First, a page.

Social Security ruling provides guidance regarding chronic fatigue

Securing Social Security Disability benefits can be easier for some than for others. When the injury or condition that prevents one's ability to work is difficult to diagnose, getting approval for benefits can be problematic.

For people suffering from chronic fatigue syndrome, obtaining disability benefits can be difficult. In order to qualify for Social Security Disability Income, it must be established that the applicant has what is referred to as a "medically determinable impairment," which prevents them from being able to work.

The Social Security Administration issued a Social Security Ruling this month, aimed at conveying information to the public, to provide guidance as to how the Administration views and evaluates claims involving chronic fatigue syndrome. It defines chronic fatigue syndrome as "a syndrome that causes prolonged fatigue lasting six months or more, resulting in a substantial reduction in previous levels of occupational, educational, social, or personal activities." The ruling sets chronic fatigue syndrome apart from other "persistent fatigue" by stating that it has the following characteristics:

  • A new onset, rather than a condition that is life long
  • The inability to explain it by attributing the symptoms to another physical ailment or mental disorder
  • No link to other ongoing exertion
  • The inability to alleviate the condition with rest

Proving medical evidence of chronic fatigue syndrome

The Center for Disease Control has published a guide for the public, including a "Fact Sheet" with information about providing medical evidence to the Social Security Administration, for those suffering from chronic fatigue syndrome. Healthcare professionals are requested to provide the following information pertaining to the existence of chronic fatigue syndrome, the level of severity of the syndrome, and the duration of the applicant's impairment.

Information from doctors should include the following:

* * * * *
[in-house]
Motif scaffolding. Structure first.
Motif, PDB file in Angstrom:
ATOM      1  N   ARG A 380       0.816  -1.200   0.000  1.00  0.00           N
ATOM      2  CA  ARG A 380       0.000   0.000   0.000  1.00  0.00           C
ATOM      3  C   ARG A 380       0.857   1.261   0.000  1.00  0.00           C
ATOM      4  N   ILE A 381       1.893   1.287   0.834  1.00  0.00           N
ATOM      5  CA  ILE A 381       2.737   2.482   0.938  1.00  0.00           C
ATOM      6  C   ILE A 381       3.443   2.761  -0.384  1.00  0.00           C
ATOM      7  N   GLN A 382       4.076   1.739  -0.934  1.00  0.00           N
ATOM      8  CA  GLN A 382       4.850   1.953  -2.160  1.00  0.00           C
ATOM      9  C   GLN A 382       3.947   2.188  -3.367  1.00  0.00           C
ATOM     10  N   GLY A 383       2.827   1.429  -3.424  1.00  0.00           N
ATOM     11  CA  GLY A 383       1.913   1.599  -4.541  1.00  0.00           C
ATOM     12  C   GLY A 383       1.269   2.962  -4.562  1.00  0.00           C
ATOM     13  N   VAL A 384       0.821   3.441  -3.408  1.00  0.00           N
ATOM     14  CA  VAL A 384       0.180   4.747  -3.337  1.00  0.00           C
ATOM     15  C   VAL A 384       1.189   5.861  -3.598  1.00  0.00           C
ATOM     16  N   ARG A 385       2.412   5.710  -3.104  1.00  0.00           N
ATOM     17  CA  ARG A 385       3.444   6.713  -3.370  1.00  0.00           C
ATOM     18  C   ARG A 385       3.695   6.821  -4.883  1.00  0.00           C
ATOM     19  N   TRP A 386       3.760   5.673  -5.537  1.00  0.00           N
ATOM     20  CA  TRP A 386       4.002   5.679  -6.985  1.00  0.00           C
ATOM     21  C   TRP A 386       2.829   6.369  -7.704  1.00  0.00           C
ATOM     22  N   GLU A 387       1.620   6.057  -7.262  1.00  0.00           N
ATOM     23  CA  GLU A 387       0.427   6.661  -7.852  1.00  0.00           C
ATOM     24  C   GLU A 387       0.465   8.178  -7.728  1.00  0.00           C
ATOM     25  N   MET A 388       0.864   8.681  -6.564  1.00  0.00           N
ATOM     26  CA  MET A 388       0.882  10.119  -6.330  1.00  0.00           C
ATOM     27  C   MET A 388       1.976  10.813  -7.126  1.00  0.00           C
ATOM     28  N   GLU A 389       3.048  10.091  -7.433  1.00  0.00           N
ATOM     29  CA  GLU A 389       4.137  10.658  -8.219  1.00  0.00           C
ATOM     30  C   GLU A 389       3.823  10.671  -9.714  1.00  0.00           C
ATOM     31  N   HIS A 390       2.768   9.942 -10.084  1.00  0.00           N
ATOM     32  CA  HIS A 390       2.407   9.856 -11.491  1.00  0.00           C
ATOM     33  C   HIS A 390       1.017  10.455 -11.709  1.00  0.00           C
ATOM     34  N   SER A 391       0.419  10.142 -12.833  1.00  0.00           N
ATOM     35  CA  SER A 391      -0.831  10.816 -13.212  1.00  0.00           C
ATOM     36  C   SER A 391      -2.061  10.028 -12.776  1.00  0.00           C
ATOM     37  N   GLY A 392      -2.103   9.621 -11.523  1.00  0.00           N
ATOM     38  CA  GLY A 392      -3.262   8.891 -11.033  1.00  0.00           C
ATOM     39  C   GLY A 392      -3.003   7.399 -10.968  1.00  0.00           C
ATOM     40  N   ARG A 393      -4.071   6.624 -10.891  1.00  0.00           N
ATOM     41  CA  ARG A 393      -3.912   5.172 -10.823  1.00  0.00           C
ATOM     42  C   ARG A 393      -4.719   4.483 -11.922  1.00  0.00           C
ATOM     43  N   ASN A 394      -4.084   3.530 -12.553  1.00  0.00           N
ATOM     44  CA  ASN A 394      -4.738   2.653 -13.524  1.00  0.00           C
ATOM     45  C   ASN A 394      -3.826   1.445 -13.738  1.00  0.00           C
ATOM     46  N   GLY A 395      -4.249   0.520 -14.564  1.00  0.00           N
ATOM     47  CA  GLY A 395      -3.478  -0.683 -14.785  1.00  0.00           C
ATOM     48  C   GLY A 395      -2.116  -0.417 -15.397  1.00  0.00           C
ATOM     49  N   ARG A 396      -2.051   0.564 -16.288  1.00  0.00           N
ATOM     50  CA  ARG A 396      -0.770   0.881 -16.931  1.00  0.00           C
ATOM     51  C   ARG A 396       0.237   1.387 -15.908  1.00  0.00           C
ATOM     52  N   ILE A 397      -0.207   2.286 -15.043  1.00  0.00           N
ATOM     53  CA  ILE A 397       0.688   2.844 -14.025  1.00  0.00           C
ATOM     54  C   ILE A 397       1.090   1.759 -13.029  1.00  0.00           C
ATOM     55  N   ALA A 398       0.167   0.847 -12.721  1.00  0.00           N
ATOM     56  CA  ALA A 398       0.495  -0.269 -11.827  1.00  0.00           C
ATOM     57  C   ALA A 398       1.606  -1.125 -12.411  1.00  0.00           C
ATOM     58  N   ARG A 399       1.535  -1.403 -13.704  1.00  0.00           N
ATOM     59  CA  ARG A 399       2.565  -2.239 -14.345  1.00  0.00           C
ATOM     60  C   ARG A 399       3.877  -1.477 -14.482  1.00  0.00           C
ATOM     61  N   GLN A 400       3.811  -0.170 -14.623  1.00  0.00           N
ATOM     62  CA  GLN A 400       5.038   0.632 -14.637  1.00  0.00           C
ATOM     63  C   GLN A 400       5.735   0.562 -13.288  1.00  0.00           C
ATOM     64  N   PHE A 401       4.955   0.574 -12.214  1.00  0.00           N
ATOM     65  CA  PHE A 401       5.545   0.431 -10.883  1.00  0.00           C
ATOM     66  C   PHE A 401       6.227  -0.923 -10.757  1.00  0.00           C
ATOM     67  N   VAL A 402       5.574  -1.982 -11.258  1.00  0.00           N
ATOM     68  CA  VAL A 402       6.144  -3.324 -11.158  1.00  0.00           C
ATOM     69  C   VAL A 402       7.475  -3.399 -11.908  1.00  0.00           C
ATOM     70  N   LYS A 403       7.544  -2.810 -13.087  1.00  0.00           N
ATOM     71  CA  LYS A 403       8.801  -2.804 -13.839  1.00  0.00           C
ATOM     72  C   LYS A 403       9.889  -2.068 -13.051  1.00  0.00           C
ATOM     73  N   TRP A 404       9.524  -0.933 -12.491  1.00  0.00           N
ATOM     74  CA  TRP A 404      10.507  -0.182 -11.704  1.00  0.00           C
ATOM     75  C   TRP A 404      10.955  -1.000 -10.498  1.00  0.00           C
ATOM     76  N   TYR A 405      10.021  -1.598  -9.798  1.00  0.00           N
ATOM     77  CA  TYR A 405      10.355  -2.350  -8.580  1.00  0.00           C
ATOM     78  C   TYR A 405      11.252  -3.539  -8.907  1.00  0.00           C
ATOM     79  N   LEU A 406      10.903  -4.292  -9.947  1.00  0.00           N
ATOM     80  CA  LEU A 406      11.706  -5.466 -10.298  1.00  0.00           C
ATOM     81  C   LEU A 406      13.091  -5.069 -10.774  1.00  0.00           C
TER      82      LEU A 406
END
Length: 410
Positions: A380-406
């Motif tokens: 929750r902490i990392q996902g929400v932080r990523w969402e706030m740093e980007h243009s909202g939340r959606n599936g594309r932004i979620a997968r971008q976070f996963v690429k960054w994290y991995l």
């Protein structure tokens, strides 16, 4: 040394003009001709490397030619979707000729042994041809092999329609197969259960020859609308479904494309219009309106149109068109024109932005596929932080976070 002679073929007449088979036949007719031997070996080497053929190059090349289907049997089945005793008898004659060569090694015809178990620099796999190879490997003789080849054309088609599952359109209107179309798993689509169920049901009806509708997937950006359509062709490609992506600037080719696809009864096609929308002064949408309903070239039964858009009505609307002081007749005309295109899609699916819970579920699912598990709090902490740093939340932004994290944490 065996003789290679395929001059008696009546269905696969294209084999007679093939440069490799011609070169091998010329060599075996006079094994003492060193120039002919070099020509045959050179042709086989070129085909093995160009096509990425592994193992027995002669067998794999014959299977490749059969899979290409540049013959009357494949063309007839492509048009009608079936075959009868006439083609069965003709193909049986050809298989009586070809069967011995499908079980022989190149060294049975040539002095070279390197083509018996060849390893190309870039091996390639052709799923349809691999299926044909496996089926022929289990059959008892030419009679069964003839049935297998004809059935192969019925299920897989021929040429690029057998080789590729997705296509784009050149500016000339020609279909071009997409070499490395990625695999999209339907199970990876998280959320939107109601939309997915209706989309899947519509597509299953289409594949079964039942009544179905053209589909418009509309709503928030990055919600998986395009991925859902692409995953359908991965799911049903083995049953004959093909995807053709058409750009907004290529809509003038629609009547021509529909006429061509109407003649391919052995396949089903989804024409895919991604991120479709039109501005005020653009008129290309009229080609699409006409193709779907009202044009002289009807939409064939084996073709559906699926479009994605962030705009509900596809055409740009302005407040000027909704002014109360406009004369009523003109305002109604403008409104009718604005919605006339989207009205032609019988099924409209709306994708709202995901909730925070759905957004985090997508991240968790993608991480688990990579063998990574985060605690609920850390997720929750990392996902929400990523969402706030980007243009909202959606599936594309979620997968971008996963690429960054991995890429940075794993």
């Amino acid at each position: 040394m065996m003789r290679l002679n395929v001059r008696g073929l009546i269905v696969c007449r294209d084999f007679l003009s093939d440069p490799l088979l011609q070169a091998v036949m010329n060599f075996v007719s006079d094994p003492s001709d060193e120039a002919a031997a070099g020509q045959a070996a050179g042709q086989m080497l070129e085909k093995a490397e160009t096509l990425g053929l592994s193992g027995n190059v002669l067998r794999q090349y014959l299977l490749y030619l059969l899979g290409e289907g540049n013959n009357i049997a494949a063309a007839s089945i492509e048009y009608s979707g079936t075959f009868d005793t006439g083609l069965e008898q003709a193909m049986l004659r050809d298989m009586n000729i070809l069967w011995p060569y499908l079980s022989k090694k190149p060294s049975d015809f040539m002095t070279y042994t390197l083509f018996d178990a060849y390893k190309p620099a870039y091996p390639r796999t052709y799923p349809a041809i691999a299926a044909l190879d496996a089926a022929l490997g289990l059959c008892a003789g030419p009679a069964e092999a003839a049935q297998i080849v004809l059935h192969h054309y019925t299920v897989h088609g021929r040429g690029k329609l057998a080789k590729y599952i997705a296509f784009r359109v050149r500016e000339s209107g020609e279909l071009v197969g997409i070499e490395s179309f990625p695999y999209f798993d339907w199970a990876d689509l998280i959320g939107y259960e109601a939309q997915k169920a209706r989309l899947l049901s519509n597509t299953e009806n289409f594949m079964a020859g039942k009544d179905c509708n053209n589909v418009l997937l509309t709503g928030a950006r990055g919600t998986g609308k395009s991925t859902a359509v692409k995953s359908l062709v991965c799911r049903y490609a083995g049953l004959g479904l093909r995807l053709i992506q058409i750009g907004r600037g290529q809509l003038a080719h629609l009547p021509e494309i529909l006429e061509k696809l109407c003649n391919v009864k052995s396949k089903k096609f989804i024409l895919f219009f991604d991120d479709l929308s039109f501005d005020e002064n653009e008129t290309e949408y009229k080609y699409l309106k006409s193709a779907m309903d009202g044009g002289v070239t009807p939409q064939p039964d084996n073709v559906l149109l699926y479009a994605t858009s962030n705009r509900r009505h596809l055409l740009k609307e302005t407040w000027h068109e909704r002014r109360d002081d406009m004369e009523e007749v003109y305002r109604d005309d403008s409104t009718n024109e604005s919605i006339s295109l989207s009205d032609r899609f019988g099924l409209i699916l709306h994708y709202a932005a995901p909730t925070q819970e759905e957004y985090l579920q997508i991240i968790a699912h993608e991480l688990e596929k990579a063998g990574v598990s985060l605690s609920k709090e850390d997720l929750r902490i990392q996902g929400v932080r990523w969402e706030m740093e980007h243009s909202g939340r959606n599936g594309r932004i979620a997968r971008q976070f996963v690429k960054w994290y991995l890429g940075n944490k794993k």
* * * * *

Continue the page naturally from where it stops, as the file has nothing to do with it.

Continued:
• Detailed and thorough medical history
  • Applicable lab and clinical findings
  • Copies of any and all lab results
  • The doctor's opinion regarding what employment-related activities, if any, the person may still be able to do, despite having chronic fatigue syndrome
  • Specific statements about physical and functional limitations, measured in physical and occupational therapy standards

Challenges faced by many applying for disability benefits

The recent Social Security Ruling further clarifies and explains some of the challenges faced by those suffering from chronic fatigue syndrome, relative to applying for disability benefits. Specifically, the ruling acknowledges that chronic fatigue syndrome can be difficult to diagnose, because symptoms vary greatly between individuals, and can even vary from day to day. Statutory and regulatory provisions require more than a mere diagnosis from a doctor; specific details of medical signs and laboratory findings must also be documented and presented. This often includes at least six consecutive months of clinically recorded medical signs including swollen or tender lymph nodes, viral infection with prolonged recovery, sinusitis, extreme pallor, and pronounced weight change.

If you suffer from chronic fatigue syndrome, and are unable to work due to the symptoms you experience, you may be eligible for Social Security Disability Benefits. In order to overcome the challenges many face when attempting to document and prove your inability to work due to the syndrome, hire an experienced Social Security attorney today, to assist you with your case.